From July 2006 to June 2007, 34 PGY2 residents participated in the first and second QAIC blocks. During the first block, the residents each performed a prospective sequential sample of 5 patient chart reviews, asked 5 patients to complete the ABIM CPS PIM Patient Survey, and met with clinic leadership to complete the ABIM Systems Survey. A total of 170 of 170 (100%) chart reviews were performed, and 130 of 170 (76%) patient surveys were collected. During a formal feedback session, the residents received group-level data regarding the quality of care they provided and their patient’s opinions of the quality of care the clinic provided. Group level data included 18 patient demographic data points, 9 outcome measures (e.g., body mass index [BMI]
25, low-density lipoprotein cholesterol at goal), 49 processes of care measures (e.g., height recorded, breast cancer screening performed), and 107 systems enhancements (e.g., record contains an up-to-date medication list, practice provided smoking cessation counseling).
Residents noted suboptimal performance on 2 outcome measures: (1) BMI at goal of less than 25 in only 7 of 170 (4%) charts and (2) tobacco cessation counseling documented in 46 of 154 (30%) of relevant charts. The residents realized that while documentation of weight was exceptional (163 of 170 [96%] charts), height was recorded only 25% of the time (42 of 170), which was a major barrier to calculating the BMI for their patients. Results from the patient survey highlighted that 20% (38 of 117) of patients reported difficulty obtaining medication refills. Using this data, residents were able to brainstorm QI goals including: (1) increasing percentage of charts that had height recorded as a step to increase BMI screening, (2) increasing percentage of patients receiving smoking cessation counseling, and (3) improving the refill process. The CPS PIM then asked residents to develop a plan for improvement and to report results of this improvement.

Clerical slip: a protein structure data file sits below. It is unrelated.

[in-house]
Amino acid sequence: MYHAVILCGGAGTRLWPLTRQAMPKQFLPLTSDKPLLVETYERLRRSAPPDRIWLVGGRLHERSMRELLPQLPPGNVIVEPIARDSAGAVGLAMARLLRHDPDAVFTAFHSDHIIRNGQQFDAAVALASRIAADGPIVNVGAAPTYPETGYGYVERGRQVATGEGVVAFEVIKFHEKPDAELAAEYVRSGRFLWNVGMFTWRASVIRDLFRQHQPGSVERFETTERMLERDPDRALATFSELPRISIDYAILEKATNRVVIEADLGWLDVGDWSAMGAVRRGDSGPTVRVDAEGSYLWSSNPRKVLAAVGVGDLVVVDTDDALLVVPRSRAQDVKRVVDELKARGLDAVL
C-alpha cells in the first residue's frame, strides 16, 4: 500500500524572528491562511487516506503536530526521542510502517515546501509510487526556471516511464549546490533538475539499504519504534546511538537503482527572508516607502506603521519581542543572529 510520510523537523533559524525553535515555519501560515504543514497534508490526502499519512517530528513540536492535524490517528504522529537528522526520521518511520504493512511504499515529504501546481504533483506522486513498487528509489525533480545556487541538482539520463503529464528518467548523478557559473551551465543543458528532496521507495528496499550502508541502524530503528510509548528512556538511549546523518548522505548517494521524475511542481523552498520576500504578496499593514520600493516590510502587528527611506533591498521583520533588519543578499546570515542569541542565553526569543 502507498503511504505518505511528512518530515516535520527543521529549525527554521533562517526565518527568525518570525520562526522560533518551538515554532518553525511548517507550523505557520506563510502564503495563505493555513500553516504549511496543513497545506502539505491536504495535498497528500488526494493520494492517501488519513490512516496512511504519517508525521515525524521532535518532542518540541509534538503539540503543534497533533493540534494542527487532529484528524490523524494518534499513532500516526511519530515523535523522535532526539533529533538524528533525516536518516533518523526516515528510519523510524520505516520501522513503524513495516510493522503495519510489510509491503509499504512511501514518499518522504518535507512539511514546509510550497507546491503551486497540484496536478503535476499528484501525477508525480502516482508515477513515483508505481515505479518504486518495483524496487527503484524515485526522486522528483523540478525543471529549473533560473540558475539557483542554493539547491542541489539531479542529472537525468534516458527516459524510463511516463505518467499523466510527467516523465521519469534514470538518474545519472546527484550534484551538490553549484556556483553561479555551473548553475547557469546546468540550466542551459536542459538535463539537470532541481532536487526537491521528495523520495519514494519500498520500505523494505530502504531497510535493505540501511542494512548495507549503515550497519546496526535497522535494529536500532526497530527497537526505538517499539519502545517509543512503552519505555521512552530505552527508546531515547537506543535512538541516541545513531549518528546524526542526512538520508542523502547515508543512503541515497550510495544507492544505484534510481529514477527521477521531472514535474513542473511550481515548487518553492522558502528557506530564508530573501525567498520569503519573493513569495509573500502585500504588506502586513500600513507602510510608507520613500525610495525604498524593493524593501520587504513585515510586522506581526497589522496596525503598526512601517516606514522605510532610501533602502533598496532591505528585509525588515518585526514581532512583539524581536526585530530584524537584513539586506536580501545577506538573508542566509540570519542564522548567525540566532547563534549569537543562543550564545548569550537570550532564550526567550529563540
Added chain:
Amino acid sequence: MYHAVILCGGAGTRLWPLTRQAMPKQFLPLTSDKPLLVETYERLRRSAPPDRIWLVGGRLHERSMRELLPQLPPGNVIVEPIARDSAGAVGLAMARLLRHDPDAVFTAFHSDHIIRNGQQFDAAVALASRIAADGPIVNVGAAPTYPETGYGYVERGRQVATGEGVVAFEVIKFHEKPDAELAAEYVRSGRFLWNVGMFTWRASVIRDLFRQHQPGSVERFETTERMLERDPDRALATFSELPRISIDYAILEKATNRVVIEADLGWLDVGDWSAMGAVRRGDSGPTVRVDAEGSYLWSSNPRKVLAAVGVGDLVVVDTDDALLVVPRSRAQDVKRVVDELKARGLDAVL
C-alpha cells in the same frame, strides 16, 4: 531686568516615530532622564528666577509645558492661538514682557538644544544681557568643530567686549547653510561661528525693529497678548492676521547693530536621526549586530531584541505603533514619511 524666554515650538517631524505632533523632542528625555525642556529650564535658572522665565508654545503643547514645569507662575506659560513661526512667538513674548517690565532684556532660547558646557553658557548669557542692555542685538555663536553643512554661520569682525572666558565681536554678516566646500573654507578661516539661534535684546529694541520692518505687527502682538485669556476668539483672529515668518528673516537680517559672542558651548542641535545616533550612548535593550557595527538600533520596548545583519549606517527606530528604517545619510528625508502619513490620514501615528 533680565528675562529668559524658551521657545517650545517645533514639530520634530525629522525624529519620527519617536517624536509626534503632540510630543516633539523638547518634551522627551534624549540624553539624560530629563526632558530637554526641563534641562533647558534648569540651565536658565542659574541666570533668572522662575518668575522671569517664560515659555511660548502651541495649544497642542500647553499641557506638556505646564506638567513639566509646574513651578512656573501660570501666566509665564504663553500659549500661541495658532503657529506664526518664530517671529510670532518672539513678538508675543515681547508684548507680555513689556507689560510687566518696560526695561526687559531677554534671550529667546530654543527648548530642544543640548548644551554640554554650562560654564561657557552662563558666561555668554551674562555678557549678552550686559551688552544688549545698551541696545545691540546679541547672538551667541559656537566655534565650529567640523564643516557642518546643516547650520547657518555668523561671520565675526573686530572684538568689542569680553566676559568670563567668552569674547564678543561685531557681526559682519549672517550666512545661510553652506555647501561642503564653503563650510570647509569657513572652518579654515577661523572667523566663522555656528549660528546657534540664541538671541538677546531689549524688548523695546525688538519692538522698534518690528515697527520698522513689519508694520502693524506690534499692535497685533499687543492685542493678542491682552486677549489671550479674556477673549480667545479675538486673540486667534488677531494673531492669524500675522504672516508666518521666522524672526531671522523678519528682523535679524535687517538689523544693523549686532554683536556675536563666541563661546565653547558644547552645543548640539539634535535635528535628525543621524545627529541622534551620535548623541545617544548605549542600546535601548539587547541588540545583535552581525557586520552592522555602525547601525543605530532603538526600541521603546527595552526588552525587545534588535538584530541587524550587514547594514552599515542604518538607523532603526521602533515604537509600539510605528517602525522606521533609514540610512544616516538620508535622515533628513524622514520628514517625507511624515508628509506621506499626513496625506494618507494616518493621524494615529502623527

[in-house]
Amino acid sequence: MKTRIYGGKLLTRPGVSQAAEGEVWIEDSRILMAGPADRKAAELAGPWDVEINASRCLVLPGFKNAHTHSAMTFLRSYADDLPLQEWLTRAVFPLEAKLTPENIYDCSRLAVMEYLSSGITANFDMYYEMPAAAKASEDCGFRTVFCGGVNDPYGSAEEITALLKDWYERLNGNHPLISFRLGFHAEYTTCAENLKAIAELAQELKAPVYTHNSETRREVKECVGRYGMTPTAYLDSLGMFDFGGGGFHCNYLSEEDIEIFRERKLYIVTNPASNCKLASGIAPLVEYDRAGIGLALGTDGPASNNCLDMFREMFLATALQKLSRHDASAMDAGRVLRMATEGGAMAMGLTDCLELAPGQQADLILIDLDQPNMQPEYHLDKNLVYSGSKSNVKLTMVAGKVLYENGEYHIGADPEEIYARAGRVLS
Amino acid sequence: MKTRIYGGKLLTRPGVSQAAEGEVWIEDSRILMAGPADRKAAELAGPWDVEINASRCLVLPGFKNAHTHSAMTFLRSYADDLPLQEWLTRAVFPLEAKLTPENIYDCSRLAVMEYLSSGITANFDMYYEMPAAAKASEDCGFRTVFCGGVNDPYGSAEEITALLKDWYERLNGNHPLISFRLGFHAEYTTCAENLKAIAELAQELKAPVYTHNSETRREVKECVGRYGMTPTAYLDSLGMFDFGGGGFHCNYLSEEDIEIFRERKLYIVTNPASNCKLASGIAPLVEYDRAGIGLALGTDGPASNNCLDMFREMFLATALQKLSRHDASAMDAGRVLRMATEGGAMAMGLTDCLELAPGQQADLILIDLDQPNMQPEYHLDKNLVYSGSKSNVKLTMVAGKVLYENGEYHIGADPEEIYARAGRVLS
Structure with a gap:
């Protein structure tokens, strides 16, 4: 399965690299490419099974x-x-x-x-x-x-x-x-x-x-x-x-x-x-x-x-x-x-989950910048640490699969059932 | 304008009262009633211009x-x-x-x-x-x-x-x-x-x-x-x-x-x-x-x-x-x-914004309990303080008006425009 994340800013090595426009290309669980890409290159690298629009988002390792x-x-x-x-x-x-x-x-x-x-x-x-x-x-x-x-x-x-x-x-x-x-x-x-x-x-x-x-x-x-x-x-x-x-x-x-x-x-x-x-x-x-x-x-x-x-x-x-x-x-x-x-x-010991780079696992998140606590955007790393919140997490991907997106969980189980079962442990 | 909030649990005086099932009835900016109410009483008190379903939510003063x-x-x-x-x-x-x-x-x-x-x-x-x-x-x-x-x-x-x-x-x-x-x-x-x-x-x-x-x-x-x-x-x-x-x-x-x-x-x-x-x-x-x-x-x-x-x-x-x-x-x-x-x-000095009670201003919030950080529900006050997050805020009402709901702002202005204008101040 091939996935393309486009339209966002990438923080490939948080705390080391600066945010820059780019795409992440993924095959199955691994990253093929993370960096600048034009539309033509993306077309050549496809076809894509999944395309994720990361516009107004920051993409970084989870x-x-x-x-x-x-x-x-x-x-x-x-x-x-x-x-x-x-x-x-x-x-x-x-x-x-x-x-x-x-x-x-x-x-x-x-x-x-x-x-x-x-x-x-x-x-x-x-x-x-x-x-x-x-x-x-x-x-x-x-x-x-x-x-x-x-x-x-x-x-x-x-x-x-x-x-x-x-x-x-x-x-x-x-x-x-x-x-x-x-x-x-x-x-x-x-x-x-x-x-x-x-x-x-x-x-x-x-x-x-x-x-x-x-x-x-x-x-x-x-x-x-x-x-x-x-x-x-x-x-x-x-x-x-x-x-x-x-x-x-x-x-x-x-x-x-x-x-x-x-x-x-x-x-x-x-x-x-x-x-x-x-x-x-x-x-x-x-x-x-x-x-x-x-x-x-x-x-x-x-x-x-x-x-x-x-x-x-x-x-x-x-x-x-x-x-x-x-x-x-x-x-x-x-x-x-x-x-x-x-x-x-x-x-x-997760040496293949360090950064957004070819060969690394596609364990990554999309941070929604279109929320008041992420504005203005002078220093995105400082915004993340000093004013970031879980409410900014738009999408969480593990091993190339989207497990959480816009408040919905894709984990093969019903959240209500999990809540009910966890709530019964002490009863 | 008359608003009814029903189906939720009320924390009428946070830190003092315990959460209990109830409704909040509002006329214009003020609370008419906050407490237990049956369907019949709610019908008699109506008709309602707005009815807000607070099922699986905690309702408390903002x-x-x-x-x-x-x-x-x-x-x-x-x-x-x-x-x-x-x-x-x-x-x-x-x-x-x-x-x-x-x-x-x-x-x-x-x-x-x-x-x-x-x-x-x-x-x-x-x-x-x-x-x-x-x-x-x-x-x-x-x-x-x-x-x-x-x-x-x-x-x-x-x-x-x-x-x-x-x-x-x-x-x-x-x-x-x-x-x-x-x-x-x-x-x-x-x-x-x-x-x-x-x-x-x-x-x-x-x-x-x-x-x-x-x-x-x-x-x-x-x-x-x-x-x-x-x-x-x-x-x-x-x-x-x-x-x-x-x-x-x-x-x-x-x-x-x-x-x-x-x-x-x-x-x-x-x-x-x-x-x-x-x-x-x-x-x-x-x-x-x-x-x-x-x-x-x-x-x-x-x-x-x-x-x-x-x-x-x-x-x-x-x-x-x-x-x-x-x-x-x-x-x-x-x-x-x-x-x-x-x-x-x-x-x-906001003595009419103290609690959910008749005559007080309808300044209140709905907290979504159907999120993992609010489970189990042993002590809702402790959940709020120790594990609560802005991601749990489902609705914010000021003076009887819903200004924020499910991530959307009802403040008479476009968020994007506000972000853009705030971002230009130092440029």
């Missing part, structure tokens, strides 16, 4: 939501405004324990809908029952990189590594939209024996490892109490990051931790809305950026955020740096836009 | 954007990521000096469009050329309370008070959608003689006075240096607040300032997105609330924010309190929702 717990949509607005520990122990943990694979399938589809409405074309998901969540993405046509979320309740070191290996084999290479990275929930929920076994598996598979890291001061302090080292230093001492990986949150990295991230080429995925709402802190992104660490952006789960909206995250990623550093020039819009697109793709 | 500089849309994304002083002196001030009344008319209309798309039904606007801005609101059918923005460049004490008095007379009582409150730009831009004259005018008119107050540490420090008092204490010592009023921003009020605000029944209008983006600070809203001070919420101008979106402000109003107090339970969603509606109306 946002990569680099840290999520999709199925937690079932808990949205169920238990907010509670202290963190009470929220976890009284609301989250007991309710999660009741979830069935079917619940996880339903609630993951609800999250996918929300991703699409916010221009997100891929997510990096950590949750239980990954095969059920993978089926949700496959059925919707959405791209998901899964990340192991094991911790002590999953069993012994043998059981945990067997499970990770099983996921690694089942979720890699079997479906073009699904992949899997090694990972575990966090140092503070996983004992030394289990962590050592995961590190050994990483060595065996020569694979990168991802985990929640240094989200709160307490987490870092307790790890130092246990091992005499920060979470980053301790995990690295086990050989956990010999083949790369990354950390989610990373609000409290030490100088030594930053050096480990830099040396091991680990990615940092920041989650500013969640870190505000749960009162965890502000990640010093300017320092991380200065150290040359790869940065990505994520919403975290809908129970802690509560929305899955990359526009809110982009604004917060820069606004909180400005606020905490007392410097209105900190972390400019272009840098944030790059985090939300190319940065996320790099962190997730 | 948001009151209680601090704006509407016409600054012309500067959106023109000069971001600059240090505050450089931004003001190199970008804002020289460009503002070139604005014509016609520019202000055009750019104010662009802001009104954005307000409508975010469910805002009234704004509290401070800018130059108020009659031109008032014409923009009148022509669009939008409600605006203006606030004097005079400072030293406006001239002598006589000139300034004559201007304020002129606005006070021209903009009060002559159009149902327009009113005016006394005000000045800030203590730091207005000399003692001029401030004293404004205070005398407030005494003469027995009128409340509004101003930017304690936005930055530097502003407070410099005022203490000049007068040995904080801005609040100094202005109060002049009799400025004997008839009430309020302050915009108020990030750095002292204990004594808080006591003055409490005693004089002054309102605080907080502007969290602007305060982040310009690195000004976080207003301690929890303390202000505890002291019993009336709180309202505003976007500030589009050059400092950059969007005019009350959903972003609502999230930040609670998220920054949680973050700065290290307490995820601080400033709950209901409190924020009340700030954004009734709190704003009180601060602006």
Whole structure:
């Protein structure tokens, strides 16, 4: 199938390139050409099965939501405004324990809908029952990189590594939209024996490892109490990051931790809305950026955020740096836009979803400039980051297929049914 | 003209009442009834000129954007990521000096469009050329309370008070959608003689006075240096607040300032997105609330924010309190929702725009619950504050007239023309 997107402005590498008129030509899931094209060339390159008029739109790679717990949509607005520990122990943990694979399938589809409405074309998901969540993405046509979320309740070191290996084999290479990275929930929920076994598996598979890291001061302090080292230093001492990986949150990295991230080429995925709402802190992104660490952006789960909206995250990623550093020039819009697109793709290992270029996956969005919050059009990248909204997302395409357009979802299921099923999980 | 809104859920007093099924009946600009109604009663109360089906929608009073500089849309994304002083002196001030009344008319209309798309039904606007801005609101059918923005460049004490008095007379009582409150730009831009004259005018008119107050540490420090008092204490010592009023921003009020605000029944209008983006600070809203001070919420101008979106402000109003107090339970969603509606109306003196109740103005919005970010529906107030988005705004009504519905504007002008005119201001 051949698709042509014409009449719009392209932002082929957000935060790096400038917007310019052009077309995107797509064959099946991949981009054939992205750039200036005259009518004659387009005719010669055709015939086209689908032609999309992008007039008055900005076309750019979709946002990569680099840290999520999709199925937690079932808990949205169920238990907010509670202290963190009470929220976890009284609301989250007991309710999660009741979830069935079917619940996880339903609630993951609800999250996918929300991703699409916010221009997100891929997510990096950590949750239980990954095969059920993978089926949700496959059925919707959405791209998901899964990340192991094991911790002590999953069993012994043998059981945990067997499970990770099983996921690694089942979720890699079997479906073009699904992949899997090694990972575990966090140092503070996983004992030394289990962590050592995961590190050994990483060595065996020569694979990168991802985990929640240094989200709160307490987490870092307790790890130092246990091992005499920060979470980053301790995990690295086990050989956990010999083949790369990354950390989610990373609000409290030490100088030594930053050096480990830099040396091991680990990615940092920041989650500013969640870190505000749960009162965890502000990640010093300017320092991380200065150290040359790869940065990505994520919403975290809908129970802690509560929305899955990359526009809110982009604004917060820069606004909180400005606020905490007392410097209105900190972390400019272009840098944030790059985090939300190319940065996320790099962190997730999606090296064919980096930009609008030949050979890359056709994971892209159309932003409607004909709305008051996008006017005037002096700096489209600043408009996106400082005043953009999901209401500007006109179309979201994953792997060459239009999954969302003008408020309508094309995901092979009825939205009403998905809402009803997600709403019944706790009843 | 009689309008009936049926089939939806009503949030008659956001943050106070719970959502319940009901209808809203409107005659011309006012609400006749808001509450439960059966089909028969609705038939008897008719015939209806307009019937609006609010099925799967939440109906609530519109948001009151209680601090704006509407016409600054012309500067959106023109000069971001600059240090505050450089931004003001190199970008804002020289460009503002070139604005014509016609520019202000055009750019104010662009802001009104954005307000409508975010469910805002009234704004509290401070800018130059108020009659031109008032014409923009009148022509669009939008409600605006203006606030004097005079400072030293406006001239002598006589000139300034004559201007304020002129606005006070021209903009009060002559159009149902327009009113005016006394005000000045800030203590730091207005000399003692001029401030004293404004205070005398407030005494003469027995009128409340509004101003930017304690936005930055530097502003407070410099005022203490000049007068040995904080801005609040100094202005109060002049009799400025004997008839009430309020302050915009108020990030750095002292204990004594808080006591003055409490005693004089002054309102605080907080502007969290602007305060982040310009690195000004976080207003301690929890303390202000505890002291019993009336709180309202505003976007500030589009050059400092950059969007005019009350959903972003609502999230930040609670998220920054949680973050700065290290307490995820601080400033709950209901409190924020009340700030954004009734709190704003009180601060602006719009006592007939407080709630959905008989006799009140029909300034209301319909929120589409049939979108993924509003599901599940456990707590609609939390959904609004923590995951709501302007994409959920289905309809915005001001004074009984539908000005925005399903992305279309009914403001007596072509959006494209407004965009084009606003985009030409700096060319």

During the second QAIC block, the residents developed a group project that was implemented in their continuity clinics addressing 1 of the 3 areas of improvement highlighted by the CPS PIM. The 3 projects included: (1) BMI collaborative (January block), (2) tobacco cessation collaborative (March block), and (3) the medication refill collaborative (May block; see Table ).
Title: Summary of Quality Improvement Projects Resulting from Quality Assessment and Improvement Curriculum
To address the poor rate of height documentation and, by default, BMI documentation, the BMI collaborative worked with the nursing staff to integrate height into the triage process, posted BMI charts throughout the clinic, and educated residents on the importance of calculating and documenting BMI. Residents developed an educational module to be used by the clinic preceptors during the first 30 minutes of the continuity clinic, which was set aside for standardized clinic education. The BMI collaborative was able to increase documentation of height from 22 of 206 (11%) of all charts in the week before intervention to 143 of 163(88%) of all charts in the week after intervention (P
.001). Although not identified as a problem, it is noteworthy that dictation of weight also improved from 185 of 206 (90%) to 158 of 163 (97%; P